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    Author(s): Richard C. Cobb; Ross K. Meentemeyer; David M. Rizzo
    Date: 2016
    Source: Oecologia. 182(1): 265-276
    Publication Series: Scientific Journal (JRNL)
    Station: Pacific Southwest Research Station
    PDF: Download Publication  (1.0 MB)


    Fire and forest disease have significant ecological impacts, but the interactions of these two disturbances are rarely studied. We measured soil C, N, Ca, P, and pH in forests of the Big Sur region of California impacted by the exotic pathogen Phytophthora ramorum, cause of sudden oak death, and the 2008 Basin wildfire complex. In Big Sur, overstory tree mortality following P. ramorum invasion has been extensive in redwood and mixed evergreen forests, where the pathogen kills true oaks and tanoak (Notholithocarpus densiflorus). Sampling was conducted across a full-factorial combination of disease/no disease and burned/unburned conditions in both forest types. Forest floor organic matter and associated nutrients were greater in unburned redwood compared to unburned mixed evergreen forests. Post-fire element pools were similar between forest types, but lower in burned-invaded compared to burned-uninvaded plots. We found evidence disease-generated fuels led to increased loss of forest floor C, N, Ca, and P. The same effects were associated with lower %C and higher PO4–P in the mineral soil. Fire–disease interactions were linear functions of pre-fire host mortality which was similar between the forest types. Our analysis suggests that these effects increased forest floor C loss by as much as 24.4 and 21.3 % in redwood and mixed evergreen forests, respectively, with similar maximum losses for the other forest floor elements. Accumulation of sudden oak death generated fuels has potential to increase fire-related loss of soil nutrients at the region-scale of this disease and similar patterns are likely in other forests, where fire and disease overlap.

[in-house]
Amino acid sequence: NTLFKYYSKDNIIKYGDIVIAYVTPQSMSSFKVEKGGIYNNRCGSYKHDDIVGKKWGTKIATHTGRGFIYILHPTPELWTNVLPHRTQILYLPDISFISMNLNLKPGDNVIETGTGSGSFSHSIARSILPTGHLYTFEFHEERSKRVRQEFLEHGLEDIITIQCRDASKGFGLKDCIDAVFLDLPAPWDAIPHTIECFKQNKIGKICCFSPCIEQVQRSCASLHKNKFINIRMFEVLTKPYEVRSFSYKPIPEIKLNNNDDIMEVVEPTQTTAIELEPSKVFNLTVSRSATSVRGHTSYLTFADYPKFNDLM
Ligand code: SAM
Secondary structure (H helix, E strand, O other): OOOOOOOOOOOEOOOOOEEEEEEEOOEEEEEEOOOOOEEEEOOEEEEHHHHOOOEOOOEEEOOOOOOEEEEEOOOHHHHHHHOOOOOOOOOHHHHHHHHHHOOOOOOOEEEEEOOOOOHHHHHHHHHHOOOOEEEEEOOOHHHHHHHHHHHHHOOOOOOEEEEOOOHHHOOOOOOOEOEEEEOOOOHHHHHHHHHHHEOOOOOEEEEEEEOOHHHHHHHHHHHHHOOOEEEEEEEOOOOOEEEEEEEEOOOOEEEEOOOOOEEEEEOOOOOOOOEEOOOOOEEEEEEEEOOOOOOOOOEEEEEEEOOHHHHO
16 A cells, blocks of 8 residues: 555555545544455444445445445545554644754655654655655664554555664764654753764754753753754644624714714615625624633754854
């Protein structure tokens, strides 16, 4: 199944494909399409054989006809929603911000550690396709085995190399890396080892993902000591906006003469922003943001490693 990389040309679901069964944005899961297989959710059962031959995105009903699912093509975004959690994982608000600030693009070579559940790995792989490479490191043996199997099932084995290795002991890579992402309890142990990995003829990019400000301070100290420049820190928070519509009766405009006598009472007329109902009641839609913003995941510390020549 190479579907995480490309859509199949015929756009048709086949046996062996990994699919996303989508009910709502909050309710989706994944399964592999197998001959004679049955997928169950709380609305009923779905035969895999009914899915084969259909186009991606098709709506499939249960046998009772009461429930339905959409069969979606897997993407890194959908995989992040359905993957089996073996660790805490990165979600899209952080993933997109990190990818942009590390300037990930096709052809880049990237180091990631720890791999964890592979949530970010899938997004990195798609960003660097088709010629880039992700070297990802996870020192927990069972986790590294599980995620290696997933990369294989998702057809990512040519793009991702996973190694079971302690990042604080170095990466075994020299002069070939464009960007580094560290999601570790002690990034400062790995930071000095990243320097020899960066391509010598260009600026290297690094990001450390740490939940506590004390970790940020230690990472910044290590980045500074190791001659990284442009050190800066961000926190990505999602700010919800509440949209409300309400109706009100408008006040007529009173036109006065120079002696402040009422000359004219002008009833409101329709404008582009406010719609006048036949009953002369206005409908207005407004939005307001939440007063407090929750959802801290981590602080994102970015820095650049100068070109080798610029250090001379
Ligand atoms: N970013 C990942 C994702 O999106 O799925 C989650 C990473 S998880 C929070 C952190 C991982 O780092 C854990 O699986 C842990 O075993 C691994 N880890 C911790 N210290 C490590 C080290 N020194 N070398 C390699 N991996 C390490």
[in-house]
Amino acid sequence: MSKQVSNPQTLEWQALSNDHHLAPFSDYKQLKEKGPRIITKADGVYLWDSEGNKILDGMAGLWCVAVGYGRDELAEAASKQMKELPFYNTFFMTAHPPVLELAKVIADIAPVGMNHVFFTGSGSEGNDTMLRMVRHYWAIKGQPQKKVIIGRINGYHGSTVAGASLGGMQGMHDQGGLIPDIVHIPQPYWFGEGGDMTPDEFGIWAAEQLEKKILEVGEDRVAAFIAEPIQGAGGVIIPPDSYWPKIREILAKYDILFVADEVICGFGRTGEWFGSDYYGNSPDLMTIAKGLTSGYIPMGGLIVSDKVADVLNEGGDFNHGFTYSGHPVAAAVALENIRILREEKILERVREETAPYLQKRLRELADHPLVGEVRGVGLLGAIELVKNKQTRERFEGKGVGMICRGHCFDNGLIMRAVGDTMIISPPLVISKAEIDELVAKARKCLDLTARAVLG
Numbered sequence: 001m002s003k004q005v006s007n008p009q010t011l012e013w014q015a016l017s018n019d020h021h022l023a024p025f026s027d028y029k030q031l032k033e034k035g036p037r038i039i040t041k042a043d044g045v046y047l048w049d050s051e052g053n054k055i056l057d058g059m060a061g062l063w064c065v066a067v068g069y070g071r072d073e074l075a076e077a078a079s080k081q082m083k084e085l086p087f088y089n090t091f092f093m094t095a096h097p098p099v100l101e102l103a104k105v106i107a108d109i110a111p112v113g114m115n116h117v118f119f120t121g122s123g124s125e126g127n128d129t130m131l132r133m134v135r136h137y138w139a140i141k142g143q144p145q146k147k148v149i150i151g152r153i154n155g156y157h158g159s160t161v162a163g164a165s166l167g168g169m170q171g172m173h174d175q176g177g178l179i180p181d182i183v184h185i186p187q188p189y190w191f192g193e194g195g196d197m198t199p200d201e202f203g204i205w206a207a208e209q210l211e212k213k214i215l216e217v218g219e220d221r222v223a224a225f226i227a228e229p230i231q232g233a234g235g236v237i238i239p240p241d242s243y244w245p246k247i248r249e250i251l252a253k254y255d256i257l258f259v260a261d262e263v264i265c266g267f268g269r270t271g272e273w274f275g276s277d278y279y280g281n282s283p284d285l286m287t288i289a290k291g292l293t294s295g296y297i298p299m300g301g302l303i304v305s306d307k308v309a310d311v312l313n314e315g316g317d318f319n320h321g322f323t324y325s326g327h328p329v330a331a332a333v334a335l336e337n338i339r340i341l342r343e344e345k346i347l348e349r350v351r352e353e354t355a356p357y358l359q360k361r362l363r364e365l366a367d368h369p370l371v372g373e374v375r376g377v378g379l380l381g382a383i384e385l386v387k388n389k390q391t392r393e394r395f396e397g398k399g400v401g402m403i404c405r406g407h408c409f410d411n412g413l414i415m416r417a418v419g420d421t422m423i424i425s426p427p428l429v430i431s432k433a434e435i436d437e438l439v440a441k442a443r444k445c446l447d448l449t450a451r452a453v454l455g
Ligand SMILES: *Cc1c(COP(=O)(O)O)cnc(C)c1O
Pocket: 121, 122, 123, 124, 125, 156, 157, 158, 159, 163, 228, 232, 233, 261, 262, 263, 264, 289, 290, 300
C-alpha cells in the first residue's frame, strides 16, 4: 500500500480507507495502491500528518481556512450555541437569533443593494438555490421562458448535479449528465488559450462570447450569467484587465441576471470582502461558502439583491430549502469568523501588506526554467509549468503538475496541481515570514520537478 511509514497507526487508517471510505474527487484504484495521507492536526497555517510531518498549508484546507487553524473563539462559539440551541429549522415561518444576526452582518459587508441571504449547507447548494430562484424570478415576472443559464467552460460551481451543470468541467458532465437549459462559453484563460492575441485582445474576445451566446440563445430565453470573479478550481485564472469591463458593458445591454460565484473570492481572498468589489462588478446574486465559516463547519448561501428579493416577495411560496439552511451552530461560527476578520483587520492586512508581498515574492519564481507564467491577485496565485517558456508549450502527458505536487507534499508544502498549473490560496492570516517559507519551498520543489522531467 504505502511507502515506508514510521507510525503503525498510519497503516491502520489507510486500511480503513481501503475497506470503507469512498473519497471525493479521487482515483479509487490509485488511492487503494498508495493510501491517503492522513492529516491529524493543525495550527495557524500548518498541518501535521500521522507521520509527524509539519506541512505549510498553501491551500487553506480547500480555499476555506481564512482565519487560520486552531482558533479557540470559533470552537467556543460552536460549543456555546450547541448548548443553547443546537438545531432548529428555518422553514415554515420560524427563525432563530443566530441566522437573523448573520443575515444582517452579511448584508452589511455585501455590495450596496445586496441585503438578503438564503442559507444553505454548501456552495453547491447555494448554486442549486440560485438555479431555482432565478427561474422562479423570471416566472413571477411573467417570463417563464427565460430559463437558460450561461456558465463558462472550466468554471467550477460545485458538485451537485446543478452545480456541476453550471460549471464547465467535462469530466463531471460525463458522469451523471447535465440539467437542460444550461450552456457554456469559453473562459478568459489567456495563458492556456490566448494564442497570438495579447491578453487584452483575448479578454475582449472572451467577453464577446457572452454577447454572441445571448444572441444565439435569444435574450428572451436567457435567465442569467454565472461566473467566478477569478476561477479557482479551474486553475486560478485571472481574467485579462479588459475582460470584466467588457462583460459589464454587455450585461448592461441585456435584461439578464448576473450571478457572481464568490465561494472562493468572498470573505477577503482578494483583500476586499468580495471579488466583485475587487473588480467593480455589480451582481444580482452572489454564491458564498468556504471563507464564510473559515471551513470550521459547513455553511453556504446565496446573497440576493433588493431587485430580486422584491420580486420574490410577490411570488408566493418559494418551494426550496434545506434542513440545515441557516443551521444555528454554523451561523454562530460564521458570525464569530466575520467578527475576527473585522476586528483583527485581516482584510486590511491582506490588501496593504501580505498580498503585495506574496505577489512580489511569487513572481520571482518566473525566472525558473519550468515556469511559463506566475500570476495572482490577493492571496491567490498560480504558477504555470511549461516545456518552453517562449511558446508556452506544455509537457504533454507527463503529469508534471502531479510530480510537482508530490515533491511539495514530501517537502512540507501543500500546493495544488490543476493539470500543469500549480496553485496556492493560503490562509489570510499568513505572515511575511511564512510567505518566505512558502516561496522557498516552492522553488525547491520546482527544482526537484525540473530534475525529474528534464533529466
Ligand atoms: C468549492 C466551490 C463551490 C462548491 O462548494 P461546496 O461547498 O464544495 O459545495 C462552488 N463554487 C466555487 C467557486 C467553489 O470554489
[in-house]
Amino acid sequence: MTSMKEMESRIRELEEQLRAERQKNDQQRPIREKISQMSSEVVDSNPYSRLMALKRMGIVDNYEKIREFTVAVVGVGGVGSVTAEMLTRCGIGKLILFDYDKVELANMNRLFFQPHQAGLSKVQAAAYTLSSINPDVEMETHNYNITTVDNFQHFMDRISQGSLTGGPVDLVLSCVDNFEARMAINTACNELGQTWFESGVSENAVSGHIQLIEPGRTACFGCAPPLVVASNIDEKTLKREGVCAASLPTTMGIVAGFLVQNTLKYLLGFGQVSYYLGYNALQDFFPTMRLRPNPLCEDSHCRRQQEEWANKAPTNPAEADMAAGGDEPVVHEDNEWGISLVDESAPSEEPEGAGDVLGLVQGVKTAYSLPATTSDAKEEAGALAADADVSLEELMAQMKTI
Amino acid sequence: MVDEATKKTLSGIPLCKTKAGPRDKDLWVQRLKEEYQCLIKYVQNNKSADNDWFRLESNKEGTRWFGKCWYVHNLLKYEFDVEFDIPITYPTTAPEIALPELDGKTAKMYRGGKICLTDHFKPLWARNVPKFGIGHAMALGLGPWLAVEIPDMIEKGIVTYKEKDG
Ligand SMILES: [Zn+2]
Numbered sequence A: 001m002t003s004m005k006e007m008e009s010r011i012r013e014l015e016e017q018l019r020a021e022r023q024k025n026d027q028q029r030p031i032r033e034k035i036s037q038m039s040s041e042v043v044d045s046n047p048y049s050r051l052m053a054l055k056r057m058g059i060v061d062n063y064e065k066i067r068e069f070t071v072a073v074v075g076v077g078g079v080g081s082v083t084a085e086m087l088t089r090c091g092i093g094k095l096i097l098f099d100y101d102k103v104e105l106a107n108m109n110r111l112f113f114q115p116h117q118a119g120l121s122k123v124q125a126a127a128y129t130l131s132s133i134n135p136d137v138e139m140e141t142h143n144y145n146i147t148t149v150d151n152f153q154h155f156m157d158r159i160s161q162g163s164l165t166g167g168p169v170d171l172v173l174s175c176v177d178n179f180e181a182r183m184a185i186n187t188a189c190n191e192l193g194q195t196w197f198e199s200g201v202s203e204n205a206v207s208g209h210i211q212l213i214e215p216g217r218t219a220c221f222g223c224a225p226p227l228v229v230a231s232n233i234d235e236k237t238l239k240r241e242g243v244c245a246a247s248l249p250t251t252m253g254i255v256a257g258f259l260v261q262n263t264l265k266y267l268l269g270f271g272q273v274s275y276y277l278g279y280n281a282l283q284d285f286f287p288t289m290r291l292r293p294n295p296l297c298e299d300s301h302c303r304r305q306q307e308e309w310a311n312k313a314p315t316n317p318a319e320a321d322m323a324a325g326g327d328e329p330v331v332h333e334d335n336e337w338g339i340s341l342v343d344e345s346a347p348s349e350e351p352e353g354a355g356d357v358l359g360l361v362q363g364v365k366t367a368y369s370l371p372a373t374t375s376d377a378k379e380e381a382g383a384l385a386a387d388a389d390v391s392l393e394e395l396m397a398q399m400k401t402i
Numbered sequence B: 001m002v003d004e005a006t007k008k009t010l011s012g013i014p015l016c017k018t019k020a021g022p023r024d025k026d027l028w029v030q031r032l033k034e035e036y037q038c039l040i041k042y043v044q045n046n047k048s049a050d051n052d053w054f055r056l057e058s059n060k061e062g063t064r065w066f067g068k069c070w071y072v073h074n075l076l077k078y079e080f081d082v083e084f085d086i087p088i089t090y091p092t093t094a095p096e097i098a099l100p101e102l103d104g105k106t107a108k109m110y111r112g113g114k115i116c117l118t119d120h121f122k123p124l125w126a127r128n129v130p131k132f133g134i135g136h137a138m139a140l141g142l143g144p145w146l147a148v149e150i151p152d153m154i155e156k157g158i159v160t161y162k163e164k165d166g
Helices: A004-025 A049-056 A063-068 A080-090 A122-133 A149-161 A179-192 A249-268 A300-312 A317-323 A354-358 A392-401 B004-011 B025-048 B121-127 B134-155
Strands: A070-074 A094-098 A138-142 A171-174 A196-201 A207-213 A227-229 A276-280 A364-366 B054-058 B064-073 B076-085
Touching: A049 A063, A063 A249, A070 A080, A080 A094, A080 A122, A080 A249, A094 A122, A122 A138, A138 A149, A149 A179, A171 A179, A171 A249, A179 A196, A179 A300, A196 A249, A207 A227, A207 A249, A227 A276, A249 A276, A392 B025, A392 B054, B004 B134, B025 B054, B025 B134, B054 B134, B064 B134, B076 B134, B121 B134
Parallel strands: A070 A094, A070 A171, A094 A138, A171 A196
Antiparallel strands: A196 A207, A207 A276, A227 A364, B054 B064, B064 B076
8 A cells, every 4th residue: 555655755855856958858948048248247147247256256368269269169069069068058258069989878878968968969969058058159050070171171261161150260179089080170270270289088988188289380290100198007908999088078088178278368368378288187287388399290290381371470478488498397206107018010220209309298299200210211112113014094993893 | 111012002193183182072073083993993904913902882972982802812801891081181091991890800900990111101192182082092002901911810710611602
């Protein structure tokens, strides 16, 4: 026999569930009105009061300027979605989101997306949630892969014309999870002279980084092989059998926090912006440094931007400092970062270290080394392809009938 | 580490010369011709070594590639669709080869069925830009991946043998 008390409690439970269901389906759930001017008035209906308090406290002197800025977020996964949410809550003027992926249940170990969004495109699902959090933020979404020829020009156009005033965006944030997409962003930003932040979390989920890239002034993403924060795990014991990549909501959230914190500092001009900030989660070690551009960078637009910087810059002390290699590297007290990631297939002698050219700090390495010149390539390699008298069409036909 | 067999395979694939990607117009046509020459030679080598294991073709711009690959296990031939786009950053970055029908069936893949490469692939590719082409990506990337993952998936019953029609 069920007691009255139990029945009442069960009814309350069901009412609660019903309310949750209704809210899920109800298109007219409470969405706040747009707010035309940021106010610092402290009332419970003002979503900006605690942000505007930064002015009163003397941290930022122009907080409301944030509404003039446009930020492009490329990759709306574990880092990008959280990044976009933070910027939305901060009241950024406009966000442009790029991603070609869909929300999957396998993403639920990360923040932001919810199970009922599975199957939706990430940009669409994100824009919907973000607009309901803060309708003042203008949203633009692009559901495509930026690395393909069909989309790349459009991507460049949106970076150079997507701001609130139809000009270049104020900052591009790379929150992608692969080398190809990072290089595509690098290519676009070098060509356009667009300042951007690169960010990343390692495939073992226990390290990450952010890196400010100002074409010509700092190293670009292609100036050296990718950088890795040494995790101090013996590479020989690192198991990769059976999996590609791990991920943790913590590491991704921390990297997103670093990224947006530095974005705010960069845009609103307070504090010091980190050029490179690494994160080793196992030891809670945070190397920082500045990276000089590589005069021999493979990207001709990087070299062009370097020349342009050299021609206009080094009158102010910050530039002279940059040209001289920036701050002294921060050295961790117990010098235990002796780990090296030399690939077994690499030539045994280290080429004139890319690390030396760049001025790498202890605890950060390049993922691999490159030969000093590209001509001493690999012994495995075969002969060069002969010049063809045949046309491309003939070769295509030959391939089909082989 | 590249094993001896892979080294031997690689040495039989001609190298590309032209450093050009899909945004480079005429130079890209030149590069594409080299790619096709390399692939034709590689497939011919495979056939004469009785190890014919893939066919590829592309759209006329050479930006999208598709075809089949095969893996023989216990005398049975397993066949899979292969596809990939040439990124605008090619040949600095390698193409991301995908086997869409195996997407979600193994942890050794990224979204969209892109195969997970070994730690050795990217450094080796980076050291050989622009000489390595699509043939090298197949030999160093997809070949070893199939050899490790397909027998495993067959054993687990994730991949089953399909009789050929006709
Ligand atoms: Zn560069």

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    Cobb, Richard C.; Meentemeyer, Ross K.; Rizzo, David M. 2016. Wildfire and forest disease interaction lead to greater loss of soil nutrients and carbon. Oecologia. 182(1): 265-276.


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    Phytophthora ramorum, Sudden oak death, Tanoak, Nitrogen, Invasive pathogens, Ecosystem disease impacts

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